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A Student to his Teacher (1 Viewer)

Darren White

co-owner and admin
Staff member
Co-Owner
Three years ago I wrote this for a friend. He helped me so much after I started writing my poems in English. Which was, and still is to this day, incredibly difficult.


​A student to his teacher:

Tell me sadiqi*, have I found
a teacher to my eager mind?
Am I the Eliot to your Pound?

My muse, whose wheels forever grind,
does wish to be the second sun,
the right hand to a kindred kind.

I’m Dickinson, you Higginson.
I travel your beloved road,
to me you’re not just anyone:

You are Verlaine to my Rimbaud...
I follow gladly, keep you straight,
you write a book, I write
(wrote) this ode.


*sadiqi is Arabic for "my friend"

***

March 24, 2017
 
Last edited:

Darren White

co-owner and admin
Staff member
Co-Owner
Thanks Phil, but it is true, I started writing poetry in English some 3 1/2 years ago.
Apart from the language barrier, it was incredibly difficult to find these poetry-couples hahaha.
 

apple

WF Veterans
That is is lovely Darren. Really. I am also surprised that English isn't your natural language. You are quite an interesting person.
 

aj47

(he/him)
WF Veterans
I learned a new word today. I've known people who went by a close variant of sadiqi, so if you had not footnoted, I'd've read it as a name.
 

ritudimrinautiyal

Senior Member
Wow!! Darren you are quite an inspiration, that you just started writing, three and half years back and you are writing so good. I too started writing in English, few months back. But can't deny the role of google dictionary, in that, but still couldn't find the reason for sudden poetic flow. It just happened. Keep writing.

Ritu
 

Darren White

co-owner and admin
Staff member
Co-Owner
Wow!! Darren you are quite an inspiration, that you just started writing, three and half years back and you are writing so good. I too started writing in English, few months back. But can't deny the role of google dictionary, in that, but still couldn't find the reason for sudden poetic flow. It just happened. Keep writing.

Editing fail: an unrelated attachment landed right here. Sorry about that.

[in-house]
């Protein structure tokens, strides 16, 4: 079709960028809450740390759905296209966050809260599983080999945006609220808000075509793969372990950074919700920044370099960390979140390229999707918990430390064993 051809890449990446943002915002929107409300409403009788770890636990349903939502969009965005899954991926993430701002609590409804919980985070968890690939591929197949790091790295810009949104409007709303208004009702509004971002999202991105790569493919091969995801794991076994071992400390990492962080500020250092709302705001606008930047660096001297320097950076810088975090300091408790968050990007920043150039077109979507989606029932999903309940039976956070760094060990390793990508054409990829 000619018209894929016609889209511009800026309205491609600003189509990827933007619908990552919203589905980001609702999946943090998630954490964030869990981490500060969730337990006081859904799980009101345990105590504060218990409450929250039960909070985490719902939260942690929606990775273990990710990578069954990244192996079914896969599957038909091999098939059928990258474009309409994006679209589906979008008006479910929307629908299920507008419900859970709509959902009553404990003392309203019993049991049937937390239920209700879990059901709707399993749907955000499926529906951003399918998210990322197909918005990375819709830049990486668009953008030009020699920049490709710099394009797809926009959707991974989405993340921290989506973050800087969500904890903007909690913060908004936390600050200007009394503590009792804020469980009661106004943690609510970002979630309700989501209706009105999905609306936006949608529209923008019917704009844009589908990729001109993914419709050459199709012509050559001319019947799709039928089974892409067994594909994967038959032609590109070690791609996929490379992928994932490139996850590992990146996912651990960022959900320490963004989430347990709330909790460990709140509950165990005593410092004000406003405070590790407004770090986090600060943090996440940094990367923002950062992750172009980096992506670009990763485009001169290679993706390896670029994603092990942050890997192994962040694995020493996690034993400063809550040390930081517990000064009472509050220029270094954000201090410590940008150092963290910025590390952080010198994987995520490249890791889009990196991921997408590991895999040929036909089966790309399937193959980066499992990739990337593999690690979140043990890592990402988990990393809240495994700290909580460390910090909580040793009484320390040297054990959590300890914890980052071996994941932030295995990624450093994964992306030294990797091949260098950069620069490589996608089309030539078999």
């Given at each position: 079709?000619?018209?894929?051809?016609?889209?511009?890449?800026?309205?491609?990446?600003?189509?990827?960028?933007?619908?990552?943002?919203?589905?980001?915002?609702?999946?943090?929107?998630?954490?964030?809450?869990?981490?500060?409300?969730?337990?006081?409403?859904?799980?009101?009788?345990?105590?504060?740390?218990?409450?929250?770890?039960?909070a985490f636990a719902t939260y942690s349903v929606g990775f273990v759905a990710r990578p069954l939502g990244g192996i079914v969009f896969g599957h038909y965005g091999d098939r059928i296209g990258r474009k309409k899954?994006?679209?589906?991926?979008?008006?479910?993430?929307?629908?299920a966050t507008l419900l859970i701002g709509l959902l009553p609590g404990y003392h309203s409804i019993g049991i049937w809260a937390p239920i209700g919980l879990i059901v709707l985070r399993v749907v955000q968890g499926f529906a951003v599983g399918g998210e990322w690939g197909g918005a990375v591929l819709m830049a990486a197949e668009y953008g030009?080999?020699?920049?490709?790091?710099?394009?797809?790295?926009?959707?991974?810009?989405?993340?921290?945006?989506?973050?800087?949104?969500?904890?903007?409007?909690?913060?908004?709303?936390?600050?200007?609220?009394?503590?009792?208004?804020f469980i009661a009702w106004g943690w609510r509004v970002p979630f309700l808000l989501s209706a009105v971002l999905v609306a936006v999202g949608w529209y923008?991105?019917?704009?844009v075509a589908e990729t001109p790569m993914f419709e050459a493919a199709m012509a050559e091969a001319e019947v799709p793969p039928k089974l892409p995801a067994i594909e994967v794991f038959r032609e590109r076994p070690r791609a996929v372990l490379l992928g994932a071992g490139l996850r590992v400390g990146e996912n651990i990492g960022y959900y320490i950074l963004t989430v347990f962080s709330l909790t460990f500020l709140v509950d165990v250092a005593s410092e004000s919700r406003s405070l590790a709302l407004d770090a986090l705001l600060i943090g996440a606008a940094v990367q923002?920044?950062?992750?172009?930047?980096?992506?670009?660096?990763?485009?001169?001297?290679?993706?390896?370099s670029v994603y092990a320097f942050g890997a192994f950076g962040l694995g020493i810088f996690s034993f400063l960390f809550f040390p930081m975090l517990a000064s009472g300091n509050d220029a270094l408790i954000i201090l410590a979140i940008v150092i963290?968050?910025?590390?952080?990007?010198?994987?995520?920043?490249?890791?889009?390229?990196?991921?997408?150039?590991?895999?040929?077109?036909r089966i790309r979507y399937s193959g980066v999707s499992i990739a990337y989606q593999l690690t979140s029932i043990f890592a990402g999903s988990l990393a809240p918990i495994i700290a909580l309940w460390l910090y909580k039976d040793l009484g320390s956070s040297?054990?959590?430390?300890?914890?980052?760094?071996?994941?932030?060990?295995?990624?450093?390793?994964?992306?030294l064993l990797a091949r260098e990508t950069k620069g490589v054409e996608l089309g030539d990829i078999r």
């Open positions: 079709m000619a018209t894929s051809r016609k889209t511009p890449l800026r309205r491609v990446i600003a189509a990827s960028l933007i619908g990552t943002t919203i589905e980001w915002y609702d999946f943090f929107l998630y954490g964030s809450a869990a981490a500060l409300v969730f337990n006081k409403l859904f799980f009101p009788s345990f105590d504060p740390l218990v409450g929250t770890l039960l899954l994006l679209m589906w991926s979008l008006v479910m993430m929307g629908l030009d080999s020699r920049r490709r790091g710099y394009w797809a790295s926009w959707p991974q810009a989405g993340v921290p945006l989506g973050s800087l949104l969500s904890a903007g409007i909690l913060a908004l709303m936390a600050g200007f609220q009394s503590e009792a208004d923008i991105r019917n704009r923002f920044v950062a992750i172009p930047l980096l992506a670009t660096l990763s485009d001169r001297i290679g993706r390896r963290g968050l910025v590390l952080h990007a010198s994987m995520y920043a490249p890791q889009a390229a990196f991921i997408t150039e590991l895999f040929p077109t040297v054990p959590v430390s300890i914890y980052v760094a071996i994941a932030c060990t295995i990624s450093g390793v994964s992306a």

Ritu
It's difficult, isn't it? But I like a challenge, how about you?
 

candid petunia

Retired Supervisor
Hi Darren,

I absolutely love this little piece - your friend must have felt honoured, and proud of you.

I immediately felt a kinship when I read the word "Sadiqi", as I understand a bit of Arabic myself.


The only jarring part for me was the use of the past tense in the last line:

you write a book, I wrote this ode.

As the whole poem flows in the present tense, I feel it would better read as

you write a book, I write this ode.


Again, a lovely poem and the fact that you started writing in English just 3.5 years ago is admirable. This is a really close-knit piece, very tight in meter, and a joy to read.

I'm looking forward to reading more from you around the forums.
 

Darren White

co-owner and admin
Staff member
Co-Owner
Thank you :)
I've been thinking while writing about 'write' and 'wrote'. It has a reason. His book is not finished yet, this poem is though. But I get your point. I think I'll change it.
Thank you as well for noticing the meter, the poem is a Terza Rima by the way. I loved writing it.
 

ritudimrinautiyal

Senior Member
Can't deny it, it is still a challenge. I still have to work on spellings, vocabulary and so many other things apart from accent. But yeah I am enjoying it too, sometimes laughing a lot at myself for making silly mistakes.
 

Gumby

Staff member
Co-Owner
Thank you :)
I've been thinking while writing about 'write' and 'wrote'. It has a reason. His book is not finished yet, this poem is though. But I get your point. I think I'll change it.
Thank you as well for noticing the meter, the poem is a Terza Rima by the way. I loved writing it.


I think write would fit the metaphor better, too. As a friendship is a continuous story, yes? You may go years between chapters, but the story doesn't end and neither does the poem.
 

aj47

(he/him)
WF Veterans
That wouldn't have been so bad :)
Many Arabic names are commonly used, everyday words.

I like that. A Chinese man I used to know ... his name translated to "east" which always made me think of sunrise. A Nigerian woman I knew was named, "God gave it to me" which she was given because she's albino. Her father wanted to name her "this will never happen again" but her mother prevailed. Her younger, albino sister is named "Goodness comes from above."

One of the things I really dislike about white supremacy is the name issue and how it's encoded into tech. For a long time, I had no middle initial and tech struggles with that. On the one hand, we're okay when Sting, Madonna, or The Artist has one name, on the other though, we expect their ID cards to have two names.

There are some common English words that are used as names. Virtue names, for example, or gems. Sometimes plants/animals. Professions that started out as surnames are given as first names ... Taylor, Hunter, etc. as a way of honoring one's heritage. One of my coworkers has a daughter named Shalimar.
 
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